Mindfulness is Associated with Reduced Pain by Improving the Capacity for Pleasure

Mindfulness is Associated with Reduced Pain by Improving the Capacity for Pleasure


By John M. de Castro, Ph.D.


“It felt good to realize [through mindfulness] that I can co-exist with my pain. Being mindful helped me realize that in my angry reaction to my back pain, I was neglecting my whole body. I saw my body only through my pain, which caused me to hate my body over time. I can now see myself outside of my body, and am working day by day with my meditation to become a happier person living with chronic pain.” – Natalia Morone


We all have to deal with pain. It’s inevitable, but hopefully it’s mild and short lived. For a wide swath of humanity, however, pain is a constant in their lives. At least 100 million adult Americans have chronic pain conditions. The most common treatment for chronic pain is drugs. These include over-the-counter analgesics and opioids. But opioids are dangerous and highly addictive. Prescription opioid overdoses kill more than 14,000 people annually. So, there is a great need to find safe and effective ways to lower the psychological distress and improve the individual’s ability to cope with the pain.


Pain involves both physical and psychological issues. The stress, fear, and anxiety produced by pain tends to elicit responses that actually amplify the pain. So, reducing the emotional reactions to pain may be helpful in pain management. There is an accumulating volume of research findings to demonstrate that mind-body therapies have highly beneficial effects on the health and well-being of humans. Mindfulness practices have been shown to improve emotion regulation producing more adaptive and less maladaptive responses to emotions. Indeed, mindfulness practices are effective in treating pain in adults. But there is very little systematic study of how these practices effect chronic pain.


In today’s Research News article “Mindfulness Is Associated with Increased Hedonic Capacity Among Chronic Pain Patients Receiving Extended Opioid Pharmacotherapy.” (See summary below or view the full text of the study at: https://www.ncbi.nlm.nih.gov/pmc/articles/PMC5235319/ ), Thomas and Garland recruited chronic pain patients who were being treated with opioids. They were measured for mindfulness, hedonic (pleasure) capacity, pain severity, pain interference, and depression. The relationships among these variables was explored with regression analysis.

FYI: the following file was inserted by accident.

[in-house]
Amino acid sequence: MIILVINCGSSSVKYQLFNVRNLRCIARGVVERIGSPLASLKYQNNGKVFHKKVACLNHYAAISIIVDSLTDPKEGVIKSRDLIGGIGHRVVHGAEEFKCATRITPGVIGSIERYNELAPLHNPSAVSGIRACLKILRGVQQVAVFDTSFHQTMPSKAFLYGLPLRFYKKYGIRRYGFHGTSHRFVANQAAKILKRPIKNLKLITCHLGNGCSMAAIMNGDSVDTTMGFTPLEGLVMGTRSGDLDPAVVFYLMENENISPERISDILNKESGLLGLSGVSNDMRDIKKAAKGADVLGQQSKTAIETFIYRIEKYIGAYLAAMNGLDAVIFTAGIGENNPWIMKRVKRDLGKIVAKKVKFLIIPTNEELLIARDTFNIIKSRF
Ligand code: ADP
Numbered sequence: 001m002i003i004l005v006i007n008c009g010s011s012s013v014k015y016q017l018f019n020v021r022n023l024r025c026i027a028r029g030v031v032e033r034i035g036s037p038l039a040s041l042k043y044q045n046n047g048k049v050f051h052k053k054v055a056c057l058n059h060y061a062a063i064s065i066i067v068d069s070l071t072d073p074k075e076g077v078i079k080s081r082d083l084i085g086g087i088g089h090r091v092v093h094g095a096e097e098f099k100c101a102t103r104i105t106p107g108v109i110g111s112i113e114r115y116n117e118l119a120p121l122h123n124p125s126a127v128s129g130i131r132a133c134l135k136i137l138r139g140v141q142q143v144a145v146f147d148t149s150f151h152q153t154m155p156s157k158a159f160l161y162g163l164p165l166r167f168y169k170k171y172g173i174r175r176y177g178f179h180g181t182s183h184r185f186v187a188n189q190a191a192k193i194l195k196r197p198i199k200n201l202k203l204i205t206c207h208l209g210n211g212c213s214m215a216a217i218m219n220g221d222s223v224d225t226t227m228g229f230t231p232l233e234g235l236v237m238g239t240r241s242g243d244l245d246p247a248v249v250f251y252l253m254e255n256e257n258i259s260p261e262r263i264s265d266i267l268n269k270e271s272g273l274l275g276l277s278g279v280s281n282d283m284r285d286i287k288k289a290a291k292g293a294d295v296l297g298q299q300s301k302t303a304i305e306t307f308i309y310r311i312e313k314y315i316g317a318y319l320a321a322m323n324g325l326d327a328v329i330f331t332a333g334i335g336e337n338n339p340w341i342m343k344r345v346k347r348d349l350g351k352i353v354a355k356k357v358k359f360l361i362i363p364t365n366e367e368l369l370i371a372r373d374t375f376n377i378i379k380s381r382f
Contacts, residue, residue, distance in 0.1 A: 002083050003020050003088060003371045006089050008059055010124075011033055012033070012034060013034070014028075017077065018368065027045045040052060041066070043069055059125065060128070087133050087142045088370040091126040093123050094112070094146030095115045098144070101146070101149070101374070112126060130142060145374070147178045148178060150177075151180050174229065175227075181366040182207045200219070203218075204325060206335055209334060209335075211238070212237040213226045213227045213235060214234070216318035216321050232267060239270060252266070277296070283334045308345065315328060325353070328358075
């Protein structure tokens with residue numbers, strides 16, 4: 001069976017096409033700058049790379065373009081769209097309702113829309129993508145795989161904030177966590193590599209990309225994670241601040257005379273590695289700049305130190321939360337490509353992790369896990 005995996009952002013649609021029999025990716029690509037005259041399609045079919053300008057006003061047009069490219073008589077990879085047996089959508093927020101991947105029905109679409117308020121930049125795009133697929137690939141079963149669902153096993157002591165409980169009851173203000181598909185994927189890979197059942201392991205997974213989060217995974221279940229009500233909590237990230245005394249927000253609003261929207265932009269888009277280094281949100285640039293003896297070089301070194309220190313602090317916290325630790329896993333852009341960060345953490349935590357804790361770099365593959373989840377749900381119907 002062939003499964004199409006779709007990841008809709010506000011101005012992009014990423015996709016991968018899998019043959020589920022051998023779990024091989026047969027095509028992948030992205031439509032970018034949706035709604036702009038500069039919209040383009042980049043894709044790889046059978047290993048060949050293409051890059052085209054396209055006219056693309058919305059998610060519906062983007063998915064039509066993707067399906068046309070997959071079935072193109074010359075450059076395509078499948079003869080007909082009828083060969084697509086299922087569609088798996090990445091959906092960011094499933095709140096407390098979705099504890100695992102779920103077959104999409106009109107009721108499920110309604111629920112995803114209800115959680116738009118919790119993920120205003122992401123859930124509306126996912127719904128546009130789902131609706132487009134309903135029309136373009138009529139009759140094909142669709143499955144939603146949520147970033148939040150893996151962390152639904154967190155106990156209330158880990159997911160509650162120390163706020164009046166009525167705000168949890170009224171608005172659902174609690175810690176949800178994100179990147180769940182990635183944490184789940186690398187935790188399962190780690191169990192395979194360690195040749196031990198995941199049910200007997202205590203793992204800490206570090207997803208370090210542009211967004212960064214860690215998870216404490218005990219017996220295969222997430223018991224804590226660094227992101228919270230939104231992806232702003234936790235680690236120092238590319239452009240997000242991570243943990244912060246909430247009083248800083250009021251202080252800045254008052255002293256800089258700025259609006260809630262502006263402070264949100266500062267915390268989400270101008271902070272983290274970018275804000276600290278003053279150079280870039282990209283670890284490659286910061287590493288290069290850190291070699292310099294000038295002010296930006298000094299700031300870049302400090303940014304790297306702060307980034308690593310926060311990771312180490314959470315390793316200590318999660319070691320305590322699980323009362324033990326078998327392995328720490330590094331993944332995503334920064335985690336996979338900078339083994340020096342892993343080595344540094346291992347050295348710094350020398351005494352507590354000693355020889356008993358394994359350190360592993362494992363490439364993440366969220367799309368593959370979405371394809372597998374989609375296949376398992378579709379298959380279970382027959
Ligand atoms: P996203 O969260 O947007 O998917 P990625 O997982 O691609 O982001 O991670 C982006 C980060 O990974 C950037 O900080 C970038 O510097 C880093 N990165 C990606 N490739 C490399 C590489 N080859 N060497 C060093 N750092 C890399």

They found that for the higher the levels of mindfulness for these chronic pain patients the higher their ability to experience pleasure (hedonic capacity) and the less that pain interfered with their daily lives (pain interference). This was also true for the mindfulness facets of observing inner experience, non-judgment, and acting with awareness. A mediation analysis demonstrated that the association of mindfulness with less pain interference in daily living resulted from mindfulness’ association with higher levels of hedonic capacity that in turn was associated with lower pain interference. So, the higher levels of ability to experience pleasure associated with mindfulness was the mediator of mindfulness’ association with lower ability of pain to interfere with living.


It needs to be kept in mind that this study was correlational and causation cannot be determined. But, the results suggest that being mindful predicts a greater ability to experience pleasure and, in turn, less interference in daily life produced by pain. This makes sense as pleasure occurs in the present moment and the ability of mindfulness to focus attention on the present moment would heighten the appreciation of this pleasure. In turn, it makes sense that being able to experience the good things in life would interfere with the ability of pain to interfere with living. So, being mindful may heighten the appreciation of pleasure and lower the difficulties in daily living produced by chronic pain.


“The current state of chronic pain and opioid use in the United States may indeed be daunting and require a multifaceted approach; yet, there is promise for our Veterans and the more than 100 million Americans1 who suffer from chronic pain in the age-old and now richly evidence-based practice of mindfulness meditation.” – Dawn Bazarko


CMCS – Center for Mindfulness and Contemplative Studies


This and other Contemplative Studies posts are also available on Google+ https://plus.google.com/106784388191201299496/posts and on Twitter @MindfulResearch


Study Summary


Thomas, E. A., & Garland, E. L. (2017). Mindfulness Is Associated with Increased Hedonic Capacity Among Chronic Pain Patients Receiving Extended Opioid Pharmacotherapy. The Clinical Journal of Pain, 33(2), 166–173. http://doi.org/10.1097/AJP.0000000000000379